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Illinois Civic Blueprint

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The Civic Blueprint for Illinois High Schools was designed to give educators, policymakers, parents, and all residents of Illinois:

  • Explanations of promising approaches to high school level civic learning
  • Examples of Illinois high schools, educators, and students using these approaches
  • Recommendations for implementing these approaches in high schools throughout Illinois
  • Resources that support schools and communities in promoting civic engagement among Illinois high school students

In 2009, the Robert R. McCormick Foundation, in partnership with the Illinois Civic Mission Coalition and the Constitutional Rights Foundation Chicago, published a visionary report titled Educating for Democracy: Creating a Civic Blueprint for Illinois High Schools. The report captured the proceedings of a February 2009 conference that crafted a Civic Blueprint for Illinois High Schools, and articulated a vision for high-quality, school-based civic learning in the state.

Shortly after publication, the Civic Blueprint was endorsed by the Illinois State Board of Education, appropriately on Constitution Day. The Democracy Schools Initiative (DSI) of the Illinois Civic Mission Coalition, a program designed to deepen school-wide commitments to high-quality civic learning, continues to abide by its principles and has proliferated throughout the state. In fact, both houses of the Illinois General Assembly have passed resolutions endorsing the DSI. The Illinois Senate commended the schools that have already completed the process, encouraged others to seek recognition, and recommended this distinction appear on school report cards. As of September 2013, 22 Illinois high schools have been formally recognized as Illinois Democracy Schools, and a growing number of high schools across the state were in various stages of the application process.

In celebrating the successes of the past four years, we are obligated to revisit the initial parameters established in the Civic Blueprint. Research in the field of civic learning and engagement continues to proliferate and inform our work. The Illinois Civic Mission Coalition has grown in size and scope, and the network of Illinois Democracy Schools continues to expand.

Collectively, these dynamics pointed to the need for a revised Civic Blueprint, and the pages that follow reflect this product. In the intervening four years, the promising approaches to high school civic learning became “proven practices,” reflective of the emerging research cementing their effectiveness. The Democracy Schools Initiative has scaled up significantly, and thus new examples of school-wide commitments to civic learning abound.

A thorough review of research on continuous school improvement has demonstrated that while challenging curriculum remains central to Democracy Schools, other essential supports underpin schools that live their civic mission (Bryk et al, 2010; Campaign for the Civic Mission of Schools, 2010).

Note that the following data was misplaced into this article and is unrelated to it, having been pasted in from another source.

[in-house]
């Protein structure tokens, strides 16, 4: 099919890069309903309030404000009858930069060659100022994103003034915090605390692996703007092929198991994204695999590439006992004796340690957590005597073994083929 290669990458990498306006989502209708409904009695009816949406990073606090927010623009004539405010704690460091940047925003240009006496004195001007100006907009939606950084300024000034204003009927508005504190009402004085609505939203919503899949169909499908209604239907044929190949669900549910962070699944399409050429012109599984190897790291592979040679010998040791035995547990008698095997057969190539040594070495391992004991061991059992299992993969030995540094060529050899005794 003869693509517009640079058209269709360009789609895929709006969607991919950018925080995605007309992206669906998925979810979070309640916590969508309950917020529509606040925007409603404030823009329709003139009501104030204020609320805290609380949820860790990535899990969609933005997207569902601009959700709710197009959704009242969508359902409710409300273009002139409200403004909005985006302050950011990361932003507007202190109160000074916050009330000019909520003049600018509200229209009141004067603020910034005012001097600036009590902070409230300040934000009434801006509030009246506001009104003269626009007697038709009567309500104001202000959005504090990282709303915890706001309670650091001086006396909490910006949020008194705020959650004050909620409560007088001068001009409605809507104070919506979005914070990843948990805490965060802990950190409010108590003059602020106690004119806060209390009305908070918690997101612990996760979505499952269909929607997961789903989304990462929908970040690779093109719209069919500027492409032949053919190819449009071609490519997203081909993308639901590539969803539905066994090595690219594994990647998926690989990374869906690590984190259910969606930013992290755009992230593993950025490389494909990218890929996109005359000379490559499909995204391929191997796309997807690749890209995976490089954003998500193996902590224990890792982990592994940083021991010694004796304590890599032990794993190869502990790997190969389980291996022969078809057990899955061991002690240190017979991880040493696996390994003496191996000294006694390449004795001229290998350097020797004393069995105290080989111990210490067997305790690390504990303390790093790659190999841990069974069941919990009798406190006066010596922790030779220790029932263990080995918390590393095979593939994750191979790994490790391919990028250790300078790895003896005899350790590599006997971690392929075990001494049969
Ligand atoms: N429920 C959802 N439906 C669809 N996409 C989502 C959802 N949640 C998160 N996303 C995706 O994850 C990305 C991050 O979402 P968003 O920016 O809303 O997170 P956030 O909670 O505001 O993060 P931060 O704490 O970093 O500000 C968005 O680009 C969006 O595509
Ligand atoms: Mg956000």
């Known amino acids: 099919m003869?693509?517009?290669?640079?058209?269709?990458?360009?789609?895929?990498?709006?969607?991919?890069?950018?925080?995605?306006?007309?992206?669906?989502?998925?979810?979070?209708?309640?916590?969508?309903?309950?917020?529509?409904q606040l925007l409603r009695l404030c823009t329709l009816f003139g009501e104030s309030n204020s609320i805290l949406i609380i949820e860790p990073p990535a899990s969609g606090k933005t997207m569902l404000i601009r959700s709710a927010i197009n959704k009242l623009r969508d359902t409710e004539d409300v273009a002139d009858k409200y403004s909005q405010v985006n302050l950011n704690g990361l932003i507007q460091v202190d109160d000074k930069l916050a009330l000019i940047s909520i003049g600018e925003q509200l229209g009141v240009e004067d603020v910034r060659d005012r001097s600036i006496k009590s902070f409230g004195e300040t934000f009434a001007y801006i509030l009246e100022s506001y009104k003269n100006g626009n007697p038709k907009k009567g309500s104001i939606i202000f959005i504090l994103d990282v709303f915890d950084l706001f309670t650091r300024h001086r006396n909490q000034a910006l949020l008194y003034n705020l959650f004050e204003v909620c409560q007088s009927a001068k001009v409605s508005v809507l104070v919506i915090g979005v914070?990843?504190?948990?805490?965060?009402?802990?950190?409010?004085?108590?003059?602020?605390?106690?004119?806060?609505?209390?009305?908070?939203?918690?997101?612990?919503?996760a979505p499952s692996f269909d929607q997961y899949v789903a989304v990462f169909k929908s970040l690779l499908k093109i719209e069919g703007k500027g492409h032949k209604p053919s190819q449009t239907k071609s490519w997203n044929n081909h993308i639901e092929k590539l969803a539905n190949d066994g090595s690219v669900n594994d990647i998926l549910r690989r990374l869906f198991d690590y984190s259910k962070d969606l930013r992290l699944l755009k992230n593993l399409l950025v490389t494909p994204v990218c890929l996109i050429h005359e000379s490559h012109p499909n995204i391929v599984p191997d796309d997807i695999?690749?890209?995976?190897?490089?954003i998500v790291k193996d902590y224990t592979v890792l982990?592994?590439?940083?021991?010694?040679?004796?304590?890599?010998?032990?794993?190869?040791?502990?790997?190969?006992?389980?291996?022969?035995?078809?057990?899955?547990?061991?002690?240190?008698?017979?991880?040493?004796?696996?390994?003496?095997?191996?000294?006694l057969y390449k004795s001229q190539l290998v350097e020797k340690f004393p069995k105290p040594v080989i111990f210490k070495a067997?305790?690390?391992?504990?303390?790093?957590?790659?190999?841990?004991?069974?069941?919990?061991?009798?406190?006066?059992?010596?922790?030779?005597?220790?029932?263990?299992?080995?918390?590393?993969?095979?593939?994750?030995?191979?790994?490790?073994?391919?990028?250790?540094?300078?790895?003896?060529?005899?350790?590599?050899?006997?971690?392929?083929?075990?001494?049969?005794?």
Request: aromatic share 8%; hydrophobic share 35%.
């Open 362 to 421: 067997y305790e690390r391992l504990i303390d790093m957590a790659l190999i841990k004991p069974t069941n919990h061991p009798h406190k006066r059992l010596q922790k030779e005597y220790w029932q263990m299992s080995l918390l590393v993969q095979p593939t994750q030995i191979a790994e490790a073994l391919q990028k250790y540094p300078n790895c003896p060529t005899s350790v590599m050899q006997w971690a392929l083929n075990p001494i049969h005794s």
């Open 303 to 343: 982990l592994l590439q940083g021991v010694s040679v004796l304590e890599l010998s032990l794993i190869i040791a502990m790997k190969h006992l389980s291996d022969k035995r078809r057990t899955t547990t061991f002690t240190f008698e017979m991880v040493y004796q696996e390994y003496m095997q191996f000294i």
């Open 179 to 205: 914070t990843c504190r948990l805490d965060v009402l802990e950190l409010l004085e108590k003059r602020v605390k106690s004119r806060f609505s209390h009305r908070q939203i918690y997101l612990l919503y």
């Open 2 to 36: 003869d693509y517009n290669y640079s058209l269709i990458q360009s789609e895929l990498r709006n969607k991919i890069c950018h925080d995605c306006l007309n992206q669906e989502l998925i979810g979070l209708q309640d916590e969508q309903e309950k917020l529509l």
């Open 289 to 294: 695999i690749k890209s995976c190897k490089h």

These supports include school leadership, staff development, school climate, and school-community relationships. The available resources that support these essential characteristics of Democracy Schools are also broader and present within schools, the programs offered by Illinois Civic Mission Coalition members, and the communities where schools are situated.

In the introduction that follows, Carolyn Pereira, the founding chair of the Illinois Civic Mission Coalition and Emeritus Executive Director of the Constitutional Rights Foundation Chicago, makes a compelling case for the urgency of high-quality, school-based civic learning in Illinois schools. Carolyn is a true trailblazer in the field of law-related education and continues to play an integral role in advancing civic learning in Illinois and nationally.

Chapter 2 details the benefits of school-based civic learning, and includes a vignette written by Jolie-Grace Wareham, a recent graduate of Glenbard East High School in Lombard, reflecting on the importance of the civic learning opportunities she experienced while in high school.

Chapter 3 is divided into five parts and lays out the common elements for a sustained, school-wide commitment to civic learning. They include:

  • Vision and leadership
  • Proven civic learning practices
  • Staff development
  • A reciprocal relationship between schools and their surrounding communities
  • School climate

Like the original Civic Blueprint, Chapter 3 articulates indicators of each of these common elements, along with empirical evidence of their effectiveness. It also provides vignettes written by representatives of Illinois high schools and community partners whose practices or programs exemplify the common elements.

Chapter 4 describes the Democracy Schools Initiative in greater detail, including its history and intent. It also includes general information on the application process, and concludes with information on, and a testimonial from, current Illinois Democracy Schools.

Chapter 5 details advocacy efforts of and policy recommendations from the Illinois Civic Mission Coalition. It begins by describing the history of the Coalition and its achievements to date, and then references current and future advocacy and public policy initiatives. In concludes with policy recommendations for various stakeholders, including state and local policy makers, school faculty and administration, postsecondary institutions, scholars and researchers, and funders.

In the conclusion, Darlene Ruscitti, Regional Superintendent of Schools in DuPage County, urges us to make student preparation for civic life a priority. Darlene is a prominent local champion of civic learning, and the large number of Democracy Schools in DuPage County is testament to her leadership in this space.

Download the Illinois Civic Blueprint